When Zombie Narratives Attack

When Zombie Narratives Attack

Jennifer Aniston may be feeling an uncomfortable kinship with the solar power industry these days. Both are thriving now, yet others insist on linking them to negative storylines that lost relevance long ago. Haunted by the lore of Brangelina and Solyndra, respectively, the actress and solar businesses similarly find themselves caught in story arcs of “truthiness” or perceived reality. When faced with an attack by zombie narratives, what’s the best course of action?

Solar is the one industry that best represents the “post-factual era” that some fear we have entered during this political season. The industry is growing at a record pace and employs more than 200,000 people nationwide. Yet during the first presidential debate, Republican nominee Donald Trump clearly referred to the now-bankrupt solar company Solyndra as a disaster and suggested the industry is causing people to lose their jobs. “She talks about solar panels,” Trump said Monday night, referring to his opponent. “We invested in a solar company, our country. That was a disaster.”  Later, he stated, “I’m a great believer in all forms of energy, but we’re putting a lot of people out of work.”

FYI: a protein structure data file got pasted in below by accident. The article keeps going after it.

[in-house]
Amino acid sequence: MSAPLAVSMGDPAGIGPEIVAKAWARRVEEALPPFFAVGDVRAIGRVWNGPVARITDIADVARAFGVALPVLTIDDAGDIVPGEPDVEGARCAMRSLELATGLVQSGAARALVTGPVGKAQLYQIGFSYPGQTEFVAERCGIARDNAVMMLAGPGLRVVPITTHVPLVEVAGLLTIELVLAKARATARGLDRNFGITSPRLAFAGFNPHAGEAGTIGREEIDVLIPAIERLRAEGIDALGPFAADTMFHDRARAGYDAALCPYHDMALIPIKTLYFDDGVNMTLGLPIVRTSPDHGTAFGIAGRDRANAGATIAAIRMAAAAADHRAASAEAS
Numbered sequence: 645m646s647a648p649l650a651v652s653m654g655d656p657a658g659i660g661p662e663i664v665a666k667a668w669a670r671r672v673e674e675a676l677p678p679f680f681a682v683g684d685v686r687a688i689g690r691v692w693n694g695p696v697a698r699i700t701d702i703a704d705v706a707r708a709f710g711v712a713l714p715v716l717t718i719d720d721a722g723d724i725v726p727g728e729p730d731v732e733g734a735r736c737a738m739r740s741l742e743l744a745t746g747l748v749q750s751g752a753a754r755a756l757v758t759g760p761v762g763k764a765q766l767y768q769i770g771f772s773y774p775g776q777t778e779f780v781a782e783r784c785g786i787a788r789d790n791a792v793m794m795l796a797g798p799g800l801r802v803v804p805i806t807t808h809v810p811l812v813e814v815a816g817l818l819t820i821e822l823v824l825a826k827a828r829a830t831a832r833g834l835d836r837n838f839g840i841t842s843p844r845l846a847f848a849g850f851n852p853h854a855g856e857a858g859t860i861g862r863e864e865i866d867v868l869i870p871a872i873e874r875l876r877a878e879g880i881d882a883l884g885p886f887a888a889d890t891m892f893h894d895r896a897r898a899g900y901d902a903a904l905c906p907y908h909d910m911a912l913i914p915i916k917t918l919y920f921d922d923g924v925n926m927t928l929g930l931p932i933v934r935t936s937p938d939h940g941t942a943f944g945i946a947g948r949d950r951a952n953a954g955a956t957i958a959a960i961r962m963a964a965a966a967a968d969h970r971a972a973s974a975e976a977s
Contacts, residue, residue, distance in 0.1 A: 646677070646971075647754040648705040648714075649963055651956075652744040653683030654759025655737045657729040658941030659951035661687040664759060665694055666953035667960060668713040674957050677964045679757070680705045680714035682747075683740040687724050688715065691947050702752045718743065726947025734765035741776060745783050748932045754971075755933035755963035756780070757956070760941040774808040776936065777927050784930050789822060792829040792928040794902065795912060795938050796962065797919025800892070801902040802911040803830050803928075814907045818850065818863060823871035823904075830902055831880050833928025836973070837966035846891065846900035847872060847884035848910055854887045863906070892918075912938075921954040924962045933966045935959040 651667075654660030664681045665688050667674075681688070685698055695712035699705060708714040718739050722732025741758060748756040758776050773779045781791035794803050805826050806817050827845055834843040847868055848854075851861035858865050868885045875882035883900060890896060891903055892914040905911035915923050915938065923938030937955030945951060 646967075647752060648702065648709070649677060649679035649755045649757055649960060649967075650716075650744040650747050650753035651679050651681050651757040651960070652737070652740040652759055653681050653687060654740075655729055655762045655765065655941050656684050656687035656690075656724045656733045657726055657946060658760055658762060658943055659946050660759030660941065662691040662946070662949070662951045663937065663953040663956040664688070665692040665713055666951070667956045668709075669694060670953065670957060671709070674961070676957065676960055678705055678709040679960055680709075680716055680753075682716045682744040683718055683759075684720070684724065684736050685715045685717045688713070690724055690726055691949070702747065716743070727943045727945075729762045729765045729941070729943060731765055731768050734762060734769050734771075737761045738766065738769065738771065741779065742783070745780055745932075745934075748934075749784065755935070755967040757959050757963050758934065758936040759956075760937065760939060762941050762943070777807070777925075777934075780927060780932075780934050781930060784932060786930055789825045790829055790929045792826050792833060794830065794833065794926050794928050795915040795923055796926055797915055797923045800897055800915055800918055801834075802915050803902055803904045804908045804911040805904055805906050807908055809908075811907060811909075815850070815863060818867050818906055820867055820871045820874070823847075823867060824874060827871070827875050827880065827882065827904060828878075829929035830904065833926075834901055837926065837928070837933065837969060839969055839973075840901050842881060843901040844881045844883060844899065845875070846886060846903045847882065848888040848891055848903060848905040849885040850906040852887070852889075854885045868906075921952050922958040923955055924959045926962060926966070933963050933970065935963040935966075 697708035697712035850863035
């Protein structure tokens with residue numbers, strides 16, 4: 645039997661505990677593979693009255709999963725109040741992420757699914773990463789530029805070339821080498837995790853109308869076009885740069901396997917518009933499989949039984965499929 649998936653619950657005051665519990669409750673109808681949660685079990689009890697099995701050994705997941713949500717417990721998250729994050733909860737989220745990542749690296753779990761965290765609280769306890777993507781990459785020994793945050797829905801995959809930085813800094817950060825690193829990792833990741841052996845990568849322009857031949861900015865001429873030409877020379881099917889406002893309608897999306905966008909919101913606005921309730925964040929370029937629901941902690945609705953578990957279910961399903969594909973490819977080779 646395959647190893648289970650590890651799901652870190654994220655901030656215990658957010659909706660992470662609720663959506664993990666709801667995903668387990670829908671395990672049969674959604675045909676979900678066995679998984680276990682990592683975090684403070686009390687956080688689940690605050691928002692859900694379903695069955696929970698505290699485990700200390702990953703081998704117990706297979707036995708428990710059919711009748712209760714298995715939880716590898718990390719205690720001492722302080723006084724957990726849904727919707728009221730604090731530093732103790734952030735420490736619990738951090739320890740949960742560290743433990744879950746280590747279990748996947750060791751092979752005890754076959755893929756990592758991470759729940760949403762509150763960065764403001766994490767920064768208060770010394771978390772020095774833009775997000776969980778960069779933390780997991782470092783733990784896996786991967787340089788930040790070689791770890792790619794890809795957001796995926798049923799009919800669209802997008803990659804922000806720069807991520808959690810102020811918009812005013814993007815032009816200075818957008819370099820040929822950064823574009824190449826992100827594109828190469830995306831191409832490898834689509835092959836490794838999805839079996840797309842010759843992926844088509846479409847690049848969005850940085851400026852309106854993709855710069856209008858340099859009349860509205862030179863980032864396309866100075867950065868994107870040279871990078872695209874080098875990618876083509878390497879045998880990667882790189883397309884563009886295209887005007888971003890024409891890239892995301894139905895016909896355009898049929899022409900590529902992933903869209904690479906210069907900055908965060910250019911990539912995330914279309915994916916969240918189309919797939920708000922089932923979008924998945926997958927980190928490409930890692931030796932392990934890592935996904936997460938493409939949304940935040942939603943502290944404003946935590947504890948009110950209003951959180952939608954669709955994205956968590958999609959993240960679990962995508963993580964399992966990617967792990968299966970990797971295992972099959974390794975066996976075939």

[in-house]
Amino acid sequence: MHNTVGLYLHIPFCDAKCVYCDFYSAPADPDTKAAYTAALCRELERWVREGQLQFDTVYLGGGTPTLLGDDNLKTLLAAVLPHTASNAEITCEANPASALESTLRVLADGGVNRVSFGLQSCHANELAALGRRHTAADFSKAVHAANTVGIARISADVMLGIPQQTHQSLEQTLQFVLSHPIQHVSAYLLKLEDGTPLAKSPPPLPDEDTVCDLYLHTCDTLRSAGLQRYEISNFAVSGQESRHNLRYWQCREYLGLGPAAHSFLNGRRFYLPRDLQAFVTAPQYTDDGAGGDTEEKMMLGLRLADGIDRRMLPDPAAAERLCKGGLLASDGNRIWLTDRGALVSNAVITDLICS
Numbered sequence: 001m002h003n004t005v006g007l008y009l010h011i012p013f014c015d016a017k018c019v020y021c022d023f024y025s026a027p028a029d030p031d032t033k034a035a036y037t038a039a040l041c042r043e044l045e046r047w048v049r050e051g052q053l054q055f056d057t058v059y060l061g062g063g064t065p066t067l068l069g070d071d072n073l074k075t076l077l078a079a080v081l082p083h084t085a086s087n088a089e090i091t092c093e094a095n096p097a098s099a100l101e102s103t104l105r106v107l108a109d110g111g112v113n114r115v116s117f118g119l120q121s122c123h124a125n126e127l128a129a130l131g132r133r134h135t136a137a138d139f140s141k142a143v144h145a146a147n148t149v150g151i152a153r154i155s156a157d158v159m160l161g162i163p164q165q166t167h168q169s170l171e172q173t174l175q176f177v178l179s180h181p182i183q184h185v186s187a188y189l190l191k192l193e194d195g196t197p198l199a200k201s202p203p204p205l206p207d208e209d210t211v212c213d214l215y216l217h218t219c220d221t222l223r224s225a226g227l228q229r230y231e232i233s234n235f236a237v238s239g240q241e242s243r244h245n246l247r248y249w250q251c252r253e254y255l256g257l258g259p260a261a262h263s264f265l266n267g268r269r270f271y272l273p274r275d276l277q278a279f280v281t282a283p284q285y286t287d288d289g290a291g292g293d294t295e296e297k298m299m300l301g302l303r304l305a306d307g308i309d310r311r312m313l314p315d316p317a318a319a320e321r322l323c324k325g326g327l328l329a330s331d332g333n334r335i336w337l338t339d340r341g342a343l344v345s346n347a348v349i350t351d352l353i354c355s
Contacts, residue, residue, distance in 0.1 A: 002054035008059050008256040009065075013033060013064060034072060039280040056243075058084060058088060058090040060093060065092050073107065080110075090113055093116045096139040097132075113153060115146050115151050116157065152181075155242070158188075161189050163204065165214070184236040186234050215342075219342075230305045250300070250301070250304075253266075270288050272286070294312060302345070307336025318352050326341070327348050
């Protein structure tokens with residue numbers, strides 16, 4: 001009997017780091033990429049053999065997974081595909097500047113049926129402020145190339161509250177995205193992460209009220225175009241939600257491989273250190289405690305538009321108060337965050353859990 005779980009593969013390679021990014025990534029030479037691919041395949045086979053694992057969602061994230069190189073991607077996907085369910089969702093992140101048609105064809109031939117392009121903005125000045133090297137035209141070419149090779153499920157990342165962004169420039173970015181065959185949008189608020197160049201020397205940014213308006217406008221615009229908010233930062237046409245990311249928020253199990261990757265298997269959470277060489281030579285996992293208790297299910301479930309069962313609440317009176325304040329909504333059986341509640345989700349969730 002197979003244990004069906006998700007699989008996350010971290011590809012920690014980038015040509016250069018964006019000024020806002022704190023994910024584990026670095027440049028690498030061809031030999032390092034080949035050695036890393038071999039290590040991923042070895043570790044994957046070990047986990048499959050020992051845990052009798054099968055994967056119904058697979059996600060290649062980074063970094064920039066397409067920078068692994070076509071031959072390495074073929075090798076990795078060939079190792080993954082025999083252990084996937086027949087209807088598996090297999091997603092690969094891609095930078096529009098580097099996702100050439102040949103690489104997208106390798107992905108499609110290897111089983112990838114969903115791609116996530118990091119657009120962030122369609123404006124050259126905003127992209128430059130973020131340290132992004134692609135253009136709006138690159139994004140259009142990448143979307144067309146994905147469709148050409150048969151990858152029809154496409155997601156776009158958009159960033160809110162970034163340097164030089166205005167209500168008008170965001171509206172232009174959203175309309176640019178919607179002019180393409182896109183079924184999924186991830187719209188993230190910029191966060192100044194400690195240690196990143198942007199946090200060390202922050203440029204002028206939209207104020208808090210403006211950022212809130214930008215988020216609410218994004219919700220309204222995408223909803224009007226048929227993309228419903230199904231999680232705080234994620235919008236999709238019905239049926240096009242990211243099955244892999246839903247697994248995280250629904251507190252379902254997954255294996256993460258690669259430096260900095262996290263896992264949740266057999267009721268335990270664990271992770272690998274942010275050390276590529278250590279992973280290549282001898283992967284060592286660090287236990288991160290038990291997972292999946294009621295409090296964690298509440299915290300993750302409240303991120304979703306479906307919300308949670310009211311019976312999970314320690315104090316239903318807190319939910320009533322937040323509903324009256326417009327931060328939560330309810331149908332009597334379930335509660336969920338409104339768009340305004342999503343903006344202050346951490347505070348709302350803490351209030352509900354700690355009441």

Even though the solar panel manufacturer went bankrupt more than five years ago, Solyndra lives on in political rhetoric. The story is used to diminish clean energy generally, and solar specifically, despite encouraging facts. In the last 10 years, the industry has had a compound annual growth rate of nearly 60 percent and the cost to install solar has dropped nearly 70 percent. The industry now employs more people than the coal or oil and gas extraction industries. Even the much maligned loan program that gave Solyndra funds via the stimulus plan has been found to have earned tax payers a profit over the long term.

While the facts have left lifeless the accusation that solar investment is largely a failure, the Solyndra narrative still lives on in public discourse, searching for brains to infect.

Battling the Zombie Narrative